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Czerniawski: Carlson on Twitter, a Bold Statement on Free Speech

Carlson’s Twitter Move a Bold Statement on Free Speech

Tucker Carlson discussed "Populism and the Right" during the National Review Institute's Ideas Summit at the Mandarin Oriental Hotel - March 29, 2019 in Washington, D.C. (Chip Somodevilla/Getty Images)

By    |   Tuesday, 16 May 2023 04:40 PM EDT

In much anticipated news about his next move since leaving Fox News, television host Tucker Carlson announced this week that he will continue his show and publish it exclusively on Twitter.

Carlson taking his show to the popular social media app represents an evolving reality.

Traditional media no longer represents the final word on people’s ability to reach large audiences. New media like Twitter provides an opportunity for Carlson to continue his story in a way not previously possible.

His move signals that we may be on the precipice of another great free speech revolution

In his announcement video, Carlson correctly notes that free speech has always had its gatekeepers — individuals who seek to control public debate, including book publishers, newspaper editors, and TV show producers.

This leads to disruptors emerging to create channels for new voices to bypass old gatekeepers. Fox News and conservative media grew out of that kind of innovation in 1990.

Their pioneers weren’t satisfied letting someone else hold the keys to the conversation.

That is the beauty of the system.

Each entity has the right to make their respective choices. The government shouldn’t force a private media or technology company to host a view it finds objectionable.

Newsmax doesn’t have to run my commentary (but thanks!) just as social media platforms can accept or reject content based on their own standards. Such policies and expectations make shows ranging from Joe Rogan to The Young Turks possible.

As First Amendment attorney and my colleague Casey Mattox points out, this is why a culture of free speech is critical and necessary.

It fosters an environment that encourages, thus allowing people, especially ones we disagree with, to be heard.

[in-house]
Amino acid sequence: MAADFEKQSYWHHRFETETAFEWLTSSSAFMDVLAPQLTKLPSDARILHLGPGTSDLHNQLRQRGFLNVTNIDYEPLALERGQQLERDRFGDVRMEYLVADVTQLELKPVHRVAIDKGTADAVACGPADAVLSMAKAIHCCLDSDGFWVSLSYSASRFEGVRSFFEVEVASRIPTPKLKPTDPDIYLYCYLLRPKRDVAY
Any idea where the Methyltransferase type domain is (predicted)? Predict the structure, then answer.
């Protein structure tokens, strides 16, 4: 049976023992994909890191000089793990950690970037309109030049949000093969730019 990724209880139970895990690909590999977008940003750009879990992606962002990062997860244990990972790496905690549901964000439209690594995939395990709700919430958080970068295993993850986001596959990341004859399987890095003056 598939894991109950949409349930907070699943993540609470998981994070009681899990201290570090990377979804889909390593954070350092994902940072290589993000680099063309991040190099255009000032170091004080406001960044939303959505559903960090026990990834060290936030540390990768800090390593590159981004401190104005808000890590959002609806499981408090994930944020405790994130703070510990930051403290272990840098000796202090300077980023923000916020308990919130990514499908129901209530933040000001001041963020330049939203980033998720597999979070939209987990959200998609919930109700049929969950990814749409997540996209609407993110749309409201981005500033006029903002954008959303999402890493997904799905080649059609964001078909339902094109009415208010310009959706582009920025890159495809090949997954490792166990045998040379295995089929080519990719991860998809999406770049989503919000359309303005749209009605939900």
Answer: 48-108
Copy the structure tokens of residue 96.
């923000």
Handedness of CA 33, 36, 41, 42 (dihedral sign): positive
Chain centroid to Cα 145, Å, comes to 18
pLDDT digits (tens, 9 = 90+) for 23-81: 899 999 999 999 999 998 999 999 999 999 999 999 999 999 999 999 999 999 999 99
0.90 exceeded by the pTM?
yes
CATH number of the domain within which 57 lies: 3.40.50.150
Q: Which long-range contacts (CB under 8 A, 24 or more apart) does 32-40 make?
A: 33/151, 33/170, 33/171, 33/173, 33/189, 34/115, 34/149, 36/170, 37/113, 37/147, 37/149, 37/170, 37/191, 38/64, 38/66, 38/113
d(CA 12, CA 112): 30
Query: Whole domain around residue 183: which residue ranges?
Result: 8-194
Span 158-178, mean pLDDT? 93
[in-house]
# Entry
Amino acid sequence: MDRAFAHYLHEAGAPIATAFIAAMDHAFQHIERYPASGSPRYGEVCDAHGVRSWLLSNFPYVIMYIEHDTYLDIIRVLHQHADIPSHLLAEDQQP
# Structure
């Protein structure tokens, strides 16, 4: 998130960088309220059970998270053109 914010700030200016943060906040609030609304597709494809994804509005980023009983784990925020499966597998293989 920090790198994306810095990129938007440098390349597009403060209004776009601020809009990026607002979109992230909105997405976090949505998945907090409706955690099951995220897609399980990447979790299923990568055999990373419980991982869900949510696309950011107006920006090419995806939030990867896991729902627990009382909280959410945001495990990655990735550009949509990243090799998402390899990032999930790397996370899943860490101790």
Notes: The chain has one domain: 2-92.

It enables us to better seek truth, and, more importantly, question it.

We need not look far back to see excellent examples during the pandemic, where the "truth" was confidently exclaimed by numerous experts only to discover down the road that what was truth didn’t exactly shape up that way.

Carlson’s announcement is the latest evidence that the media ecosystem continues to evolve. A move from a national prime-time perch to an alternative platform that still reaches millions was not possible even 30 years ago.

While it would be nice for traditional media outlets to be more receptive to heterodox views, it does not matter as much in this new media era.

Conservative commentator Ben Shapiro is one of the most prominent voices in political circles, and he does not rely on the traditional media ecosystem to make it happen.

Instead, he leverages a much more dynamic environment in new media to speak to millions around the world.

It’s fine for legacy media to keep their gates.

They can have them.

However, the internet and social media have been a tool for making that gate less formidable than it has ever been.

Social media has been a powerful conduit for advocating competing ideas and connecting conservatives with audiences in truly amazing ways.

The same rules apply to social media companies, too.

Facebook, Twitter, YouTube, etc., all get to make the rules for how individuals interact on their platform. When they adopt rules that wrongly restrict speech, they deserve all the flack that comes their way.

However, despite social media companies’ struggles in this area, the last thing we should be doing is empowering someone other than the company itself to have the key to their respective gates.

Whether requiring social media licensure, creating a new digital regulator, requiring the policing of mis, dis, and malinformation, or transparency reports, the online ecosystem will be left worse for wear if we give the government the key to the gates of these companies.

Doing so would empower it to effectively control the dissemination of information online.

To pretend that the government is going to foster a culture of free speech is a pipe dream.

Fox News made its decision about Tucker Carlson, and regardless of whether you agree with what Carlson says or not, it is refreshing to know that his dismissal is not the death sentence it used to represent. It can’t be understated how critical it is to afford people the opportunity to speak and be heard.

As Carlson said in his video, free speech is the right on which all other rights depend — and this development serves an opportunity to promote a culture of free speech.

Social media, despite its numerous issues, provides that in spades.

James Czerniawski is a senior policy analyst for technology and innovation at Americans for Prosperity. Follow him on Twitter @JamesCz19.

© 2024 Newsmax. All rights reserved.

Free speech is the right on which all other rights depend, and this development serves an opportunity to promote a culture of free speech. Social media, despite its numerous issues, provides that in spades.
internet, social, tv
Tuesday, 16 May 2023 04:40 PM
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